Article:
Quoted below are the posts which began this curious winding thread. I
intended my first response to Peter's verse as a possible way of getting
beyond, as per his request.
Were the passages to the discussion of the verb of a relative clause
cunning or otherwise?
But I do think that _East Coker_, even regarded as primarily religious
verse, suffers greatly if one does not honor (whether in agreement or
disagreement) its powerful political thrust. Surely, in the present era
of "clashing fundamentalisms," it is not necessary to argue that
politics and religion regularly intersect. I use "politics" in a sense
rather close to its original force, the opposite of _idiotes_ (private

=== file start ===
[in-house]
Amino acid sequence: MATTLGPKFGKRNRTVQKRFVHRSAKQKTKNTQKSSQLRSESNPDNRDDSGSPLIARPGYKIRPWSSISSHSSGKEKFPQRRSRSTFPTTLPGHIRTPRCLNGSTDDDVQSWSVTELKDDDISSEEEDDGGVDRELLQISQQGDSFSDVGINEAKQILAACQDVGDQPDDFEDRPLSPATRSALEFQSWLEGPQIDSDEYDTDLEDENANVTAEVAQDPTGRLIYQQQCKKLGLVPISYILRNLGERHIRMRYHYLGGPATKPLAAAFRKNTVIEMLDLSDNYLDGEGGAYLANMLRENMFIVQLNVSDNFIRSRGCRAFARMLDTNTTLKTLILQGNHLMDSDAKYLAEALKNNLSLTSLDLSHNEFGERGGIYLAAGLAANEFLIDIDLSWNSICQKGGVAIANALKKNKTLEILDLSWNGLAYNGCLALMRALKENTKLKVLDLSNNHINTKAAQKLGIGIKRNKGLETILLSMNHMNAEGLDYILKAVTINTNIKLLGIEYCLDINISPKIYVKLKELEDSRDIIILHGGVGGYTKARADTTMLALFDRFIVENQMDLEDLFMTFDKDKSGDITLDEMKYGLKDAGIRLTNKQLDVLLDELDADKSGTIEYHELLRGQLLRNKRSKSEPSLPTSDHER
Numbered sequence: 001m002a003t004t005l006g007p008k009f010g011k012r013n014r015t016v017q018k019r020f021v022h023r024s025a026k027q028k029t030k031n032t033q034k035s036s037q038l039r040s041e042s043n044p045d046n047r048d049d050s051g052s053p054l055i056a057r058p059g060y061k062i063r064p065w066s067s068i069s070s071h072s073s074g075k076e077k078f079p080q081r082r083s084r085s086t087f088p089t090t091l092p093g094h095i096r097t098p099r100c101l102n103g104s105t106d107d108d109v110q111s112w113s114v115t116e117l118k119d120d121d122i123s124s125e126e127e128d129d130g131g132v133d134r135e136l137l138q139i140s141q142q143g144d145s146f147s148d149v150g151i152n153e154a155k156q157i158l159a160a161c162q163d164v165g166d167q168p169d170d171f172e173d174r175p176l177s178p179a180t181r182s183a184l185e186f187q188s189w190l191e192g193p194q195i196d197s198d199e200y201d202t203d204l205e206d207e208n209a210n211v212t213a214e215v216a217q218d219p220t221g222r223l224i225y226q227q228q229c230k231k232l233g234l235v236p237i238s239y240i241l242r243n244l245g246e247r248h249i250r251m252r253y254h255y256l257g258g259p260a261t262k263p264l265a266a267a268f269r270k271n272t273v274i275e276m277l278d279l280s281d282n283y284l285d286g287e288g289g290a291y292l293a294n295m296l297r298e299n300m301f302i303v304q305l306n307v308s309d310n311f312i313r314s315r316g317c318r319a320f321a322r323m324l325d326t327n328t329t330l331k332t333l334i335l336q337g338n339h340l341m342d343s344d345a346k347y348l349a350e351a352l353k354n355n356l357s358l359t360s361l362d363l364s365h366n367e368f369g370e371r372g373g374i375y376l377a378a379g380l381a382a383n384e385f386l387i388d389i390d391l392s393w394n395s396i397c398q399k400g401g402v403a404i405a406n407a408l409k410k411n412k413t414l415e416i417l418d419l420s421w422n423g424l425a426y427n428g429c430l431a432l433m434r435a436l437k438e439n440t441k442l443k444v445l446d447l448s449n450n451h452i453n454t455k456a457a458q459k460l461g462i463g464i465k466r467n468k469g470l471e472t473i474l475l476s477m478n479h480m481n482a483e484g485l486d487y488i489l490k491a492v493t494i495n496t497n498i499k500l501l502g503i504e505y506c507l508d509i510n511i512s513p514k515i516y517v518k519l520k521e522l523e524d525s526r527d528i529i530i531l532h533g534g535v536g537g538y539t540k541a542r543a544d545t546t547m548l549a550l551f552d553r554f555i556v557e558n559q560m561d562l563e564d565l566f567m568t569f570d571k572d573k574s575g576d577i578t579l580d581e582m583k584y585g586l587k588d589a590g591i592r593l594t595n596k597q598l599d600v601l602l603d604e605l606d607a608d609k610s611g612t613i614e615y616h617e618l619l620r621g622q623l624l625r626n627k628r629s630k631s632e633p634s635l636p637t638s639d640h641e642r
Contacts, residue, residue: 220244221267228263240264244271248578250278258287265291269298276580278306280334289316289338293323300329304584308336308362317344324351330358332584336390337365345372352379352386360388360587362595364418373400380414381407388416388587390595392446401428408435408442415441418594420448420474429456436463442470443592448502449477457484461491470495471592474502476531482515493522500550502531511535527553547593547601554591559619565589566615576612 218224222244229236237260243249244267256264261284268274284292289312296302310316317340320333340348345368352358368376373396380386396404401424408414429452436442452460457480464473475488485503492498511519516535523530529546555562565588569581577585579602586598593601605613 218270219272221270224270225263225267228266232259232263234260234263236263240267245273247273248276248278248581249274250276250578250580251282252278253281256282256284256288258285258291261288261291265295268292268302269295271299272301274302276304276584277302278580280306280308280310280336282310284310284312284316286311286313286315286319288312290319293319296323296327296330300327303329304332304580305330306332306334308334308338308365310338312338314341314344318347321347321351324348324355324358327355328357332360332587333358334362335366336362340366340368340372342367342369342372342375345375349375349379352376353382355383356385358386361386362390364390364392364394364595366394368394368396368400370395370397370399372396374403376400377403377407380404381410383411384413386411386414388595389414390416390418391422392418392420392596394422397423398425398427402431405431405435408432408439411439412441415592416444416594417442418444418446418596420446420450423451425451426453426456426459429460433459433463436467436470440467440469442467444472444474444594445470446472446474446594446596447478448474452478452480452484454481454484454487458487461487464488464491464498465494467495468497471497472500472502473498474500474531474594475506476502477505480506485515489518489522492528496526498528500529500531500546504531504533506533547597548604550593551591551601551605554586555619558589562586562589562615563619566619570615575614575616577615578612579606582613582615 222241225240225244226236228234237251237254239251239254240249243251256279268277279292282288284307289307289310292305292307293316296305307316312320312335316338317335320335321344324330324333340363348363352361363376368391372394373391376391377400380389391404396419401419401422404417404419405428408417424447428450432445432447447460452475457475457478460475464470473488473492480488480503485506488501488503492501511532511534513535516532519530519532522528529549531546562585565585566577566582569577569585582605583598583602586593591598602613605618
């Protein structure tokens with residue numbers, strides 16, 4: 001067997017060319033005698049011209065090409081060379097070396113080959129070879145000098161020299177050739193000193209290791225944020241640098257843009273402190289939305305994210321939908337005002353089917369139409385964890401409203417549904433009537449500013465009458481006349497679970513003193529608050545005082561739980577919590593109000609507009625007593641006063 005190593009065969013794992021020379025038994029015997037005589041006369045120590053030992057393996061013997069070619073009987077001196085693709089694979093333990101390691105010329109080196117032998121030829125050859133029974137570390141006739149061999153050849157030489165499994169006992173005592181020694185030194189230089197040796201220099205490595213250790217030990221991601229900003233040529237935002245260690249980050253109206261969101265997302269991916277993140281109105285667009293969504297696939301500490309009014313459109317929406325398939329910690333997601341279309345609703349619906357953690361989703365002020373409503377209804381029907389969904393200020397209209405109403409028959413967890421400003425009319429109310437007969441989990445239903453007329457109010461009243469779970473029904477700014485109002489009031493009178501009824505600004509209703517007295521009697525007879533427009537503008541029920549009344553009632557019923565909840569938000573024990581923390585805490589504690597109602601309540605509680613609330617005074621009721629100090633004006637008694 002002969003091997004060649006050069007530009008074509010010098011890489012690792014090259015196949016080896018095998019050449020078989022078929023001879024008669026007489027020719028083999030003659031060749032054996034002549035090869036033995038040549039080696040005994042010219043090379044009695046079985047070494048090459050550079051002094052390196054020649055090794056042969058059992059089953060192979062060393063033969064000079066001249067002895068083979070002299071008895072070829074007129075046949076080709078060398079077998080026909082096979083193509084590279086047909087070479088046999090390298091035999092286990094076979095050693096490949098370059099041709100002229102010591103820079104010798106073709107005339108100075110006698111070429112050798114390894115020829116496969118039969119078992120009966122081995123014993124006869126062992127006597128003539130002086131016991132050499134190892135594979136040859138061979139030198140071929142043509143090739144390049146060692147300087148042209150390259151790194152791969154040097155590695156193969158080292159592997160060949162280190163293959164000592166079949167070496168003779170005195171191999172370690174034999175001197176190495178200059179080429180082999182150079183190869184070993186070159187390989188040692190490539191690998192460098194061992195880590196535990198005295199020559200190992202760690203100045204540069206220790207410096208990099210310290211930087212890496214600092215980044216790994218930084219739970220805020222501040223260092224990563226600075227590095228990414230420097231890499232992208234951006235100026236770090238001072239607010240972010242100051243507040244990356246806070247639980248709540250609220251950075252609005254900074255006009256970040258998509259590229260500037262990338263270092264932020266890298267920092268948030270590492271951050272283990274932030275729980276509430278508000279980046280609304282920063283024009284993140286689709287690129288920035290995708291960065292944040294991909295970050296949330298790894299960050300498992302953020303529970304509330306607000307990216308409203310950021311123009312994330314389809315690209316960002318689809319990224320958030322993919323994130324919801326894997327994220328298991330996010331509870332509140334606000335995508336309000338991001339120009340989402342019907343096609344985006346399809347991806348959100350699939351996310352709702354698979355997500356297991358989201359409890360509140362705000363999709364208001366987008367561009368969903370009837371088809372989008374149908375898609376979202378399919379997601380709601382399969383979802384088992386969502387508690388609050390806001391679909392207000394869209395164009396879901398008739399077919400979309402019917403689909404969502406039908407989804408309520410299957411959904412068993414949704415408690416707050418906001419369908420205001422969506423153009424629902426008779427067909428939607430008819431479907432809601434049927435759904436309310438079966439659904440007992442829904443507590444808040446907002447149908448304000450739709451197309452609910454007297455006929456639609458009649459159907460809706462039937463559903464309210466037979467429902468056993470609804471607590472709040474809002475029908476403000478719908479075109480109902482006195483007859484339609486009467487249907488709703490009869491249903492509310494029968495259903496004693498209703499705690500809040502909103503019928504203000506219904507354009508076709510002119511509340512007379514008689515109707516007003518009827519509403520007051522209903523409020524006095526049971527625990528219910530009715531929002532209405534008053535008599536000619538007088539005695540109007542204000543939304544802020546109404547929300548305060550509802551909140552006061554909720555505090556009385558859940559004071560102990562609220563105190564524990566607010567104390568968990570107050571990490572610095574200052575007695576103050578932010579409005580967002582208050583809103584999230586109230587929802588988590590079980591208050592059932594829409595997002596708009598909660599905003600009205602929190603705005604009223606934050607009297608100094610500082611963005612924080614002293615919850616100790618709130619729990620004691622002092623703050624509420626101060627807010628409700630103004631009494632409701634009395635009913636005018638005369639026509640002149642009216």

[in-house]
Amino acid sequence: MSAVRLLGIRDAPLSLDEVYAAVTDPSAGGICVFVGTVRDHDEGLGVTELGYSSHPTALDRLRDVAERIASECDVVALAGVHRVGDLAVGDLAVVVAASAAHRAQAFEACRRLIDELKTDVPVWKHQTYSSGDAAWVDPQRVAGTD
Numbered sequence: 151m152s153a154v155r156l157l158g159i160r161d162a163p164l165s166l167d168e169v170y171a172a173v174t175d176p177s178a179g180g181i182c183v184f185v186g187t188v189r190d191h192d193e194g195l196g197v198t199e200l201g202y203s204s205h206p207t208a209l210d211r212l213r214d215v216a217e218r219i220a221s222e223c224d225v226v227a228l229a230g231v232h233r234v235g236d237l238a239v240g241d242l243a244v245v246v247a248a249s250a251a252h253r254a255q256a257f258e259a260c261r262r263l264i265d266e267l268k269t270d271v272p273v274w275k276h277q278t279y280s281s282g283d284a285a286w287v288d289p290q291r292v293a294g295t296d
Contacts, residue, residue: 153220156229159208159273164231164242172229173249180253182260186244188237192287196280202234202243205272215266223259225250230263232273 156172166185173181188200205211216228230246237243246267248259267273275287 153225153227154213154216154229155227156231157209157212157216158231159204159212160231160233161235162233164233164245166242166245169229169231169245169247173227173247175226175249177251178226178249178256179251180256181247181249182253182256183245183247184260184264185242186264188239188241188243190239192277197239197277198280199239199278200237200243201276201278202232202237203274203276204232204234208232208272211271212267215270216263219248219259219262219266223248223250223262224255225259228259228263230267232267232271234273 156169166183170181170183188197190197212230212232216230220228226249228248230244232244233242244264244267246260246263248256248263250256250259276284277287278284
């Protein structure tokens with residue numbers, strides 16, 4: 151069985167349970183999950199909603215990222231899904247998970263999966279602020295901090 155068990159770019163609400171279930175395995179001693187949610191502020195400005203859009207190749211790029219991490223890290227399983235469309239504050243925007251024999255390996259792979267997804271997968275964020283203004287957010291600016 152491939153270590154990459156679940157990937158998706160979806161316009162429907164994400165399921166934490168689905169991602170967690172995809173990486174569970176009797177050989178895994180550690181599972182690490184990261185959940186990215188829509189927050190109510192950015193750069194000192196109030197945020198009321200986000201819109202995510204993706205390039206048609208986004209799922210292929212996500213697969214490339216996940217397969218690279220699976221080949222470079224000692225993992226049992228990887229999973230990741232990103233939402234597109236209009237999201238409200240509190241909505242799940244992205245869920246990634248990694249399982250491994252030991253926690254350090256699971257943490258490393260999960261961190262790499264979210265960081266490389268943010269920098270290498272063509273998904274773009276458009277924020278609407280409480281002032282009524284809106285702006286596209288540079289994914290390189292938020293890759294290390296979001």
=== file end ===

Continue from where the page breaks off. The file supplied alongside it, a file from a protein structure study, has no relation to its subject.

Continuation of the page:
person), as denoting participation in the public life of the _polis_.
The _politike_ (someone please correct my greek) was the whole person;
the _idiotes_ was "not all there," since full humanity could only be
exercised in the public realm.
Peter Montgomery wrote:
> Let us go then you and I
> While the possum is laid out afront your eye,
> Like this list, etherised upon a fable,
> Let us go with half uncovered feet,
> Padding with a half recovered beat
> to get us to the overwhelming question:
> Why can't this list ever really get beyond
> Prufrock and The Wet Land, er Waste Land?
> No faith?
Carrol Cox wrote:
> Peter Montgomery wrote:
> > Why can't this list ever really get beyond
> > Prufrock and The Wet Land, er Waste Land?
> Is Gerontion a character or an echo chamber?
> Does Eliot equate the mind of Europe with Cleopatra's vagina?
> Or what is the point of history's many winding passages?